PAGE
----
This month, UN delegates will gather once again in New York to discuss an international humanitarian system that lacks the resources and political support to deal with its problems. They’ll talk about huge changes in the kinds of crises and the needs of the people at the centre of them. They’ll debate declining respect for humanitarian law and aid operations. Then, as it does every year, the Economic and Social Council will make promises it’s unlikely to keep, and the underlying problems will remain.
So then, what would it take to really overhaul the humanitarian system so it can better respond to the scale and needs of current crises? What if we looked at the system from the perspective of the people it is intended to help, and re-thought it from there?
My colleagues at the Overseas Development Institute and I, plus professionals from within and outside the sector, decided to find out and launched our two-year research project, Constructive Deconstruction.
We didn’t want to use the usual analytical tools; after calling out others for not letting go of closely held power and beliefs, we wanted to practise what we preach. So we turned to ‘design thinking’, which uses human experience to develop solutions to complex problems. It has been embraced by governments, businesses, and academics as a way to bring empathy to products, services, and systems design.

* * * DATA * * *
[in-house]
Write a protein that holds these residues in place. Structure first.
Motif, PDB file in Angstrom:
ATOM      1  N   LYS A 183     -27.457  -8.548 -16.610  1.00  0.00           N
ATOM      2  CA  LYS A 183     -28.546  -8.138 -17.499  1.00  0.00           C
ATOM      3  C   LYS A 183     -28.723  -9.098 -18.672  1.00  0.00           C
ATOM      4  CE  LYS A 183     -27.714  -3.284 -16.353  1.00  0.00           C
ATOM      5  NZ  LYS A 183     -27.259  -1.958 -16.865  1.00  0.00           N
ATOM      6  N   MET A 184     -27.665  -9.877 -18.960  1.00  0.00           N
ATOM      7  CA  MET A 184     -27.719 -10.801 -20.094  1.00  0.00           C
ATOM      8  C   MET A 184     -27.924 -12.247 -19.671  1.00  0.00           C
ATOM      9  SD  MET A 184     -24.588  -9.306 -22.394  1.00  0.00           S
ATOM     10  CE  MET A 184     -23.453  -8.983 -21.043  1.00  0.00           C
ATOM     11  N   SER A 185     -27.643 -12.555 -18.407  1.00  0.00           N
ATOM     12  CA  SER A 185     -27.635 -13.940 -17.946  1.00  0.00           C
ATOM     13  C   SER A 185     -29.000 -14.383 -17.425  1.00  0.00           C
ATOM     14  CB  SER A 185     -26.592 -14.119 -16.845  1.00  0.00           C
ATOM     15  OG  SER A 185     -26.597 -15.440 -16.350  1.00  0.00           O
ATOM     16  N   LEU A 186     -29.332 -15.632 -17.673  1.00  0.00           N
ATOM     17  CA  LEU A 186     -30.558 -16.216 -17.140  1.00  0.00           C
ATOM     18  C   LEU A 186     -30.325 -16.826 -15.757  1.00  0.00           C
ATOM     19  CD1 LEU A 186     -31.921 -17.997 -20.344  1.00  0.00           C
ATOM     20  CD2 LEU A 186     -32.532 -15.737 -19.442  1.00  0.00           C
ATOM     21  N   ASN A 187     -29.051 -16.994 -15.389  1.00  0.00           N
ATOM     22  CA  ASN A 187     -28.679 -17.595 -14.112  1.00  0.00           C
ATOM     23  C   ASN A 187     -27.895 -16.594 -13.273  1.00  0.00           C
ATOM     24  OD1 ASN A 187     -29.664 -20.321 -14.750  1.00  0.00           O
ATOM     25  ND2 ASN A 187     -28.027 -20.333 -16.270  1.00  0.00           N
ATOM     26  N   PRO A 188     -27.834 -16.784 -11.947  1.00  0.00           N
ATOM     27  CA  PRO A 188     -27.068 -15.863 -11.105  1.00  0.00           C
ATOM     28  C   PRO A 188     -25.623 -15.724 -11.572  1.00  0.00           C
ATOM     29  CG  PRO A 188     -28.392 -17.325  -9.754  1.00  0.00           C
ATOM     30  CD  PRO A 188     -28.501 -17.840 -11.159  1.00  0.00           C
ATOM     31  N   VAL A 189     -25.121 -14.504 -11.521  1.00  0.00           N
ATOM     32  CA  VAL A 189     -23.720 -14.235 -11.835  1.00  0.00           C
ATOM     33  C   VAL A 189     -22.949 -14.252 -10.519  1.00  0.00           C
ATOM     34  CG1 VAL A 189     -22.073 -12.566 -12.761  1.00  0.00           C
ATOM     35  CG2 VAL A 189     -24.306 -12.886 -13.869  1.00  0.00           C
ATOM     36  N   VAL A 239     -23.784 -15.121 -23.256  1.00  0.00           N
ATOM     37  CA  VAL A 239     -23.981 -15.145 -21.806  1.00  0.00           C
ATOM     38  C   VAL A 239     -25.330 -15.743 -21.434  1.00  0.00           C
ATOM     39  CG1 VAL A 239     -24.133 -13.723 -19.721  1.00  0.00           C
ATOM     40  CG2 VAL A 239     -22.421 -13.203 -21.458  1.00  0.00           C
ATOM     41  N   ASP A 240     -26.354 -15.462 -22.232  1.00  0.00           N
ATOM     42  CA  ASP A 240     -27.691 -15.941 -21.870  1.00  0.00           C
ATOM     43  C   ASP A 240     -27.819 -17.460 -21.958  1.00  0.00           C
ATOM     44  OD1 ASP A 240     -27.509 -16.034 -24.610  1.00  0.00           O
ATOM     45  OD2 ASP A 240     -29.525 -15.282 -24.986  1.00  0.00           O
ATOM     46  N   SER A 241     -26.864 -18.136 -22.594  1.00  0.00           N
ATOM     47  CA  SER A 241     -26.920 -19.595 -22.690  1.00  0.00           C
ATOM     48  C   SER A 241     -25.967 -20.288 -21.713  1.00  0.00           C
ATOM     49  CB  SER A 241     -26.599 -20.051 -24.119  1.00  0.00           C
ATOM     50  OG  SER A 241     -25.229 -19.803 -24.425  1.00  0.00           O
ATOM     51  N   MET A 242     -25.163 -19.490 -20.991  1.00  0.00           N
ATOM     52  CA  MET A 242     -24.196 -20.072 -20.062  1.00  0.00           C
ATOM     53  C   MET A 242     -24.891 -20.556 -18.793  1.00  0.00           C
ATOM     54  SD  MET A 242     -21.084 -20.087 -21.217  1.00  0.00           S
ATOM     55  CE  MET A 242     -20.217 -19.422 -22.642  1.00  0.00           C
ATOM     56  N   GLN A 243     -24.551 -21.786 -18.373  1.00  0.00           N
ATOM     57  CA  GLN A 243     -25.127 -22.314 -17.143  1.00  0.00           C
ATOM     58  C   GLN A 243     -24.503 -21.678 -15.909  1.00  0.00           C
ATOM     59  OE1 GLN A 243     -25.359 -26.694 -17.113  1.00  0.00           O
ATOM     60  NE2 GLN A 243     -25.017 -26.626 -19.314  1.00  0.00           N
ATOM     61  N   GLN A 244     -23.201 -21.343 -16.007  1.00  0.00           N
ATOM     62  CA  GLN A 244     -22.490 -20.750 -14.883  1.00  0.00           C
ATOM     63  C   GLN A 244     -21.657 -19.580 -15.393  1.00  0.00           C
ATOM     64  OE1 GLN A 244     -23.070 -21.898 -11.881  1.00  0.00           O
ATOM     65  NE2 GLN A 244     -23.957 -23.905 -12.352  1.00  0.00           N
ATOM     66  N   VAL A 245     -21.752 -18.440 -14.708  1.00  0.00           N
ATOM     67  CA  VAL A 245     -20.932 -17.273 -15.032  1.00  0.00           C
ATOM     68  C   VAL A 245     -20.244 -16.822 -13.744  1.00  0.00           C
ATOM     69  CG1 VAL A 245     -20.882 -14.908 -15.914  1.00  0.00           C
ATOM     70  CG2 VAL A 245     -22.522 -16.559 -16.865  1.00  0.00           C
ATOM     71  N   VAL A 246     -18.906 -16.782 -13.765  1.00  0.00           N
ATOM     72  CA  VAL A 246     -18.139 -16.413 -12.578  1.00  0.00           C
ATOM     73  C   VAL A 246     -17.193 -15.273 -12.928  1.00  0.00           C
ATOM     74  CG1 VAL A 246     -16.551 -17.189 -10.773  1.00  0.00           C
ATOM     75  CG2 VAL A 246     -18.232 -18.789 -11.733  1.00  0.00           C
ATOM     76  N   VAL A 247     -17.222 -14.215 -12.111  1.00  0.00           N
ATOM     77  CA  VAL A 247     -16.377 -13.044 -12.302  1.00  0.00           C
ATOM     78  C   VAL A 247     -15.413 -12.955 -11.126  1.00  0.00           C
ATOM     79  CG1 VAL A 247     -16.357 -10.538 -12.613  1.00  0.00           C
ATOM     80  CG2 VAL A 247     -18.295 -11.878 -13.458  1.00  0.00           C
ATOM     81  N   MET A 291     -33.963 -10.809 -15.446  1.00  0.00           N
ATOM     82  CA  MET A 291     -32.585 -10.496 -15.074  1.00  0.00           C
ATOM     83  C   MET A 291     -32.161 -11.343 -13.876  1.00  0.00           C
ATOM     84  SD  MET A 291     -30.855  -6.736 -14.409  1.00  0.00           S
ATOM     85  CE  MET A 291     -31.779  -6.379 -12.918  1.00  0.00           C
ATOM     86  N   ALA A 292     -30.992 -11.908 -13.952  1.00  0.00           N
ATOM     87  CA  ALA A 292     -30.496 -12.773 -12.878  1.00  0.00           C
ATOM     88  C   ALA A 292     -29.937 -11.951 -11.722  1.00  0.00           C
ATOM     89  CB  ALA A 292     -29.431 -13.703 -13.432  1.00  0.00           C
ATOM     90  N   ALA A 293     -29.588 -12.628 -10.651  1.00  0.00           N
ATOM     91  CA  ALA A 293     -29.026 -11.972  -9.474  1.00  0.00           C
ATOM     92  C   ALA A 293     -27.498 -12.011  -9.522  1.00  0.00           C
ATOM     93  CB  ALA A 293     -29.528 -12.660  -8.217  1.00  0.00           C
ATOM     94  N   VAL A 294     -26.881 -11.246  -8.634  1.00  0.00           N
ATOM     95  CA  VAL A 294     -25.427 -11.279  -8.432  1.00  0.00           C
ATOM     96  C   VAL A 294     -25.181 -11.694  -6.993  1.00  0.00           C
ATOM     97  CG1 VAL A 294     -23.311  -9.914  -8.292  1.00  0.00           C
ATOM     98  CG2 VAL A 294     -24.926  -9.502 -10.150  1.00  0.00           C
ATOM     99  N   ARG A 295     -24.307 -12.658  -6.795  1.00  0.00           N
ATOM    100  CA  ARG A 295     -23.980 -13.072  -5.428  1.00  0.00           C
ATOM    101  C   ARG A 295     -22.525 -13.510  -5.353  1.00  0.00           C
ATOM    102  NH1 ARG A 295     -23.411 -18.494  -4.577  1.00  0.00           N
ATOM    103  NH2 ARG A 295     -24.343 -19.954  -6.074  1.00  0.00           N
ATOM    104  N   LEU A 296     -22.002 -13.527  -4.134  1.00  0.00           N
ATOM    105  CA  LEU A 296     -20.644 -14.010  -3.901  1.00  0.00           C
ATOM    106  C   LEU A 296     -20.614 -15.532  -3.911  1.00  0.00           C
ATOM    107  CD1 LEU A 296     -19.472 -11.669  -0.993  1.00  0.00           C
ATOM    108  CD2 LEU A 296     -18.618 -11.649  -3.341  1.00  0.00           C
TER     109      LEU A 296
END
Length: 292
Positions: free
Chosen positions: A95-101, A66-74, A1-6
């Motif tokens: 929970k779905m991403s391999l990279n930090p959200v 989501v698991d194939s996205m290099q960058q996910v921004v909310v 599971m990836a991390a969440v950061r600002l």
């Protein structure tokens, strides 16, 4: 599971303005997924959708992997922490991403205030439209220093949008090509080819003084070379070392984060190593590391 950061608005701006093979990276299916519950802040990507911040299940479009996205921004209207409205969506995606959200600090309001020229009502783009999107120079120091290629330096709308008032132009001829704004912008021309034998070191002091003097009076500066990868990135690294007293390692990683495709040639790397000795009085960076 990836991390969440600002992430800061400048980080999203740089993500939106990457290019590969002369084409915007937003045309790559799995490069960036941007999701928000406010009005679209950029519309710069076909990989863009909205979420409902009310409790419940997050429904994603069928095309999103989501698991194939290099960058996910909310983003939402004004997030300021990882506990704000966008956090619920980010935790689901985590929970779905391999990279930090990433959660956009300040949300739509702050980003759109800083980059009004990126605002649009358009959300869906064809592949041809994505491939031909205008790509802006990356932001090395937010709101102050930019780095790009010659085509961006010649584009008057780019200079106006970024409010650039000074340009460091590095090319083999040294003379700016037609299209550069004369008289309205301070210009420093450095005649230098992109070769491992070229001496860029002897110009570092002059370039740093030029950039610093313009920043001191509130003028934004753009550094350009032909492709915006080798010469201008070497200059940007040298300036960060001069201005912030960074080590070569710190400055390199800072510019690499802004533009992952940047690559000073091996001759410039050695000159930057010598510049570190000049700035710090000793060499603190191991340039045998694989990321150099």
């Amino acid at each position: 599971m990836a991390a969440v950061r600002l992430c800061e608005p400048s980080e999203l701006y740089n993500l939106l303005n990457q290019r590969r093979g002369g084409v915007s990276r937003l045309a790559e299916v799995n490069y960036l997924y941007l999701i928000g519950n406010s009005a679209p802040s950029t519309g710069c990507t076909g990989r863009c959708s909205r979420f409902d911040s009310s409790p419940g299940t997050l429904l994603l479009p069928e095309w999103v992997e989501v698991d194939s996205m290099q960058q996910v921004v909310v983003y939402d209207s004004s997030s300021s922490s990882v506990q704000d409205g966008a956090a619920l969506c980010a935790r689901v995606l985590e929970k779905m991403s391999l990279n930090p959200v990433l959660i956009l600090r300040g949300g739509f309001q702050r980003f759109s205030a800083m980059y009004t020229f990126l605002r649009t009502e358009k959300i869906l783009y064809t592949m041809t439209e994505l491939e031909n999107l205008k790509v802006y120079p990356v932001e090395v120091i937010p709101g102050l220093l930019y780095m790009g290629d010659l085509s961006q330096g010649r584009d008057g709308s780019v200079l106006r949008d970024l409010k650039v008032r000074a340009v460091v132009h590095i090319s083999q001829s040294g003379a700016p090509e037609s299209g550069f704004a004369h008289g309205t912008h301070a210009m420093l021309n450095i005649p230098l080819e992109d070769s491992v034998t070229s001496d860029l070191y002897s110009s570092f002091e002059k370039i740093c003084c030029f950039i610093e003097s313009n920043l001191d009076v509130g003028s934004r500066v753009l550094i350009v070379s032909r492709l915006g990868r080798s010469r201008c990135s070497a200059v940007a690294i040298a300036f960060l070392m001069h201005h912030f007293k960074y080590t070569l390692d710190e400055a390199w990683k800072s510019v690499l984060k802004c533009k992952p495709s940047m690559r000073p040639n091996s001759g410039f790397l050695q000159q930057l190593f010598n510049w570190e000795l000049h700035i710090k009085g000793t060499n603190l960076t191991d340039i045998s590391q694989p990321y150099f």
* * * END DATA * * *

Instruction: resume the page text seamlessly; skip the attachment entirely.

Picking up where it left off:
When we applied it to the humanitarian sector and judged problems from the perspective of its ‘users’ – whether a refugee, a municipal mayor, a donor, a country director from an international organisation, or a volunteer – politics, mandates, and processes faded from view. They were replaced by compassion, ingenuity, and good sense. We concluded that, ahead of redesigning any of the system’s components, it was important to shake the foundations upon which it was built.
The ideas we arrived at won’t fix the humanitarian system. But they point to strategic shifts we need to start making now. It’s time to disrupt and transform the outdated assumptions, incentive structures, and power relations at the heart of the sector.
Begin with a back-to-basics approach to humanitarian work. This envisions humanitarian action as a smaller, narrower endeavour informed solely and directly by the views and needs of crisis-affected people. The focus is on responding to urgent needs and saving and protecting lives, while recognising that this is but one part of the larger aid landscape.
Second, operate through the networks that people already use to connect, communicate, and self-organise. In place of a humanitarian ‘system’ that is hierarchical, bureaucratic, and market-led, we propose one powered by technology and anchored in more direct contact between those who need and those who can help.
Finally, move away from an extractive, charity-based form of humanitarian action to a humanitarian social economy – one where affected people form part of the means of production, and humanitarian organisations support business cooperatives to advance economic opportunity, skills development, and entrepreneurship.
Putting our ideas to work
In recent years, we’ve heard countless calls to change the way we work. But what does this mean in practice?